Meet Our Graphic Designer

Emily Adams has worked as a Graphic Designer at the Institute for Childhood Preparedness since April 2019. She has an undergraduate degree in Biological Illustration and recently finished her Master’s in Medical Illustration. While working for the Institute, she has created over 100 informational graphics on public health and safety topics and works to upkeep the Institute’s website and marketing materials. You can see more of her work at emadamsinc.com or follow her on Instagram @e.m.adams.inc.


The Institute team sat down with Emily and asked about her design background, achievements, and her interests:


Tell Us About Your Recent Experience With the Journal of Natural Science Illustration.

In April 2020, I responded to a call for COVID-19 Visualizations released by the Journal of Natural Science Illustration; they responded to my submission and asked if I could write an article about my work with the Institute. They were specifically interested in the audience, early childhood professionals, how the graphics were used on social media, and how I had come to work for the Institute. I wrote up a timeline of my work at the Institute and how the COVID visuals were initially created starting in January before more information was known about the coronavirus.


The graphics were created using a pop art style that I had learned about during a recent medical comics workshop. The Institute flu graphics were the first visuals I used in the pop art/comic style. Initially, the COVID-19 visuals were created in Adobe Illustrator, but they were later moved into the online graphic design software called Canva so that the whole Institute Team could easily edit the content. The first round of graphics was created in English and Spanish. Later, graphics on mask safety were created with children and early childhood professionals in mind. Most recently, a similar illustration on the long term health effects of COVID-19 was created. Some of the COVID-19 visuals are also used in the Institute’s coronavirus online training courses, which have been taken by over 65,000 participants in the United States, Canada, and Europe.


The full article can be found in the Journal of Natural Science Illustration Vol. 52, No. 2, which is set to be published and printed before the end of 2020.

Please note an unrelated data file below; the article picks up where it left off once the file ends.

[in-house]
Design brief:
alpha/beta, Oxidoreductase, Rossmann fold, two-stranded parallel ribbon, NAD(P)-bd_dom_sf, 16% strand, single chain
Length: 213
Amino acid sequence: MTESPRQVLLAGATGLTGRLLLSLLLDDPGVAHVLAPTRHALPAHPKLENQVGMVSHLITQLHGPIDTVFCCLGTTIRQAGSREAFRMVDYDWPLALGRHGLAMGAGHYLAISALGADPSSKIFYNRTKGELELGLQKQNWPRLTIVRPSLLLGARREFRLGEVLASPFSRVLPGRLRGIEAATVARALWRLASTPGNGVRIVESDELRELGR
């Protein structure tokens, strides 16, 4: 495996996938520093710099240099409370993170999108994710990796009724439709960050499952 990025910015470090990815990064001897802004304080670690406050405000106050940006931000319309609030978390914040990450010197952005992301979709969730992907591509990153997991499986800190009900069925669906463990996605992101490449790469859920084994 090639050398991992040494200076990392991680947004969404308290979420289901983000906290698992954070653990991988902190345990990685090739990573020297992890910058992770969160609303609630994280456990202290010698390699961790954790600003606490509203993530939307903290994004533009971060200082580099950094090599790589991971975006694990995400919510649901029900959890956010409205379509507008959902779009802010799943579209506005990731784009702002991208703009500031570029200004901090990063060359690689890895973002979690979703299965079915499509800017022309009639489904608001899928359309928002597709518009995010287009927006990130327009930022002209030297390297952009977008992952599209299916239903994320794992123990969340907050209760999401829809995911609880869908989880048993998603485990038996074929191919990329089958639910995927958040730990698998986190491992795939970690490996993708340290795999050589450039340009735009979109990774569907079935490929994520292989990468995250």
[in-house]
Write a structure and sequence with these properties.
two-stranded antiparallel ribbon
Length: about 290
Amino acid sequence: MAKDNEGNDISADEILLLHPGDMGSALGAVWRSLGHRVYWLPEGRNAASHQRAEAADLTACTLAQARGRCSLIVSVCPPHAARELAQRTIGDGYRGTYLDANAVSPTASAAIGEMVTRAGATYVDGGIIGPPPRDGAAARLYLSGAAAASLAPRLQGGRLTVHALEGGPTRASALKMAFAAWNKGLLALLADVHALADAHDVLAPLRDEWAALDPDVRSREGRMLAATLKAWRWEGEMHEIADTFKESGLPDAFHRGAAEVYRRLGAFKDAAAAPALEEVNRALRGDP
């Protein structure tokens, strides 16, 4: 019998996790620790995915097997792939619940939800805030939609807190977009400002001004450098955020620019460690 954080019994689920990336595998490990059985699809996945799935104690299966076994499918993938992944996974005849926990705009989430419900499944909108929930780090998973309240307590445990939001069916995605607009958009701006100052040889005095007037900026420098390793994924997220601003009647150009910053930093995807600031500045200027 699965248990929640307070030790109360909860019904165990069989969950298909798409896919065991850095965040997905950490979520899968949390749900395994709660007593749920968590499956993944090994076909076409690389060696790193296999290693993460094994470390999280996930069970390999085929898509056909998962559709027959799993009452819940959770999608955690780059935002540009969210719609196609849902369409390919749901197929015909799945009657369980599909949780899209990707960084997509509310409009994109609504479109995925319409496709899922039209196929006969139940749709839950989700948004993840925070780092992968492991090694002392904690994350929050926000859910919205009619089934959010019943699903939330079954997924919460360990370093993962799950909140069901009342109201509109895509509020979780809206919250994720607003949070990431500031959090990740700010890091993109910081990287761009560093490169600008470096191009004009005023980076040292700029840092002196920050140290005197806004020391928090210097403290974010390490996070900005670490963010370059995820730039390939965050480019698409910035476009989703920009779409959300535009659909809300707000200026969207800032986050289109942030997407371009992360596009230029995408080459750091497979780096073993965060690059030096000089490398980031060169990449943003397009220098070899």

How Did You Get Started in Medical Illustration?

I got interested in medical illustration in my last year of high school. I knew I was interested in medicine and anatomy, and I was planning to major in biochemistry/pre-med. As a part of my electives, I had taken a lot of visual arts classes. I always focused my work on things like hands and anatomical hearts. So when I found out that my interest in anatomy and drawing could be combined, I decided to pursue a degree in biological illustration. I had learned that if I wanted to continue in medical illustration, I would most likely need a master’s degree. I had only known about medical illustration by chance from a friend 3 - months before I graduated from high school, so it was one of the most last-minute decisions I have ever made.


How Does Graphic Design Help You Achieve Your Goals?

A large part of medical illustration is visual communication and effectively laying out information that is easy for an audience to follow. Learning at least basic principles of graphic design helps to display illustrations and information more effectively. So when I started to notice that the basics of graphic design were not present in my coursework, I started looking for alternative ways to become familiar with it. I got lucky enough to get a part-time job doing graphic design at a church, where I first started getting familiar with design. Then, I pursued an independent study in layout with the journalism department to fill what I felt was a void in my education. Once I was more familiar with design, I started integrating text and graphic elements into my biological illustration work.






What Have You Learned While Working For the Institute for Childhood Preparedness?

Through my work at the Institute, I have had the opportunity to experiment in various visual styles, mainly in Adobe Illustrator, one of my favorite soft wares. Because of the quick turnaround times on many projects, I have had the opportunity to increase how quickly I work. Also, because of the content of the materials I create and the different organizations that the Institute works with, I have learned a lot about public health and safety that I did not know before I started.

Different Styles Used

What Are You Most Proud Of? And What Are Your Greatest Accomplishments So Far?

Right now, I am most proud of my thesis project. I was able to integrate a large number of my interests into it, nerve anatomy, 3D modeling, surgery, and bioethics, so that is exciting.


Process Work and Final Output (Visit: https://skfb.ly/6TXKL to see the 3D Model)


Emily, thank you so much for sitting down with us and discussing your exciting degrees and work in biological illustration. Emily Adams is a great asset to our team, and we cannot thank her enough for her hard work and dedication, and her enthusiasm for helping early childhood professionals. You can check out all of Emily’s graphic design work on our Resources page, as well as on our social media channels: Facebook, Twitter, Instagram, Youtube.


The Institute for Childhood Preparedness has a special training offer! Book a HYBRID OR IN-PERSON training by December 31, 2020, and receive a FREE $50 COVID supply kit. Training can be scheduled for 2021. Schedule training today: Click Here.


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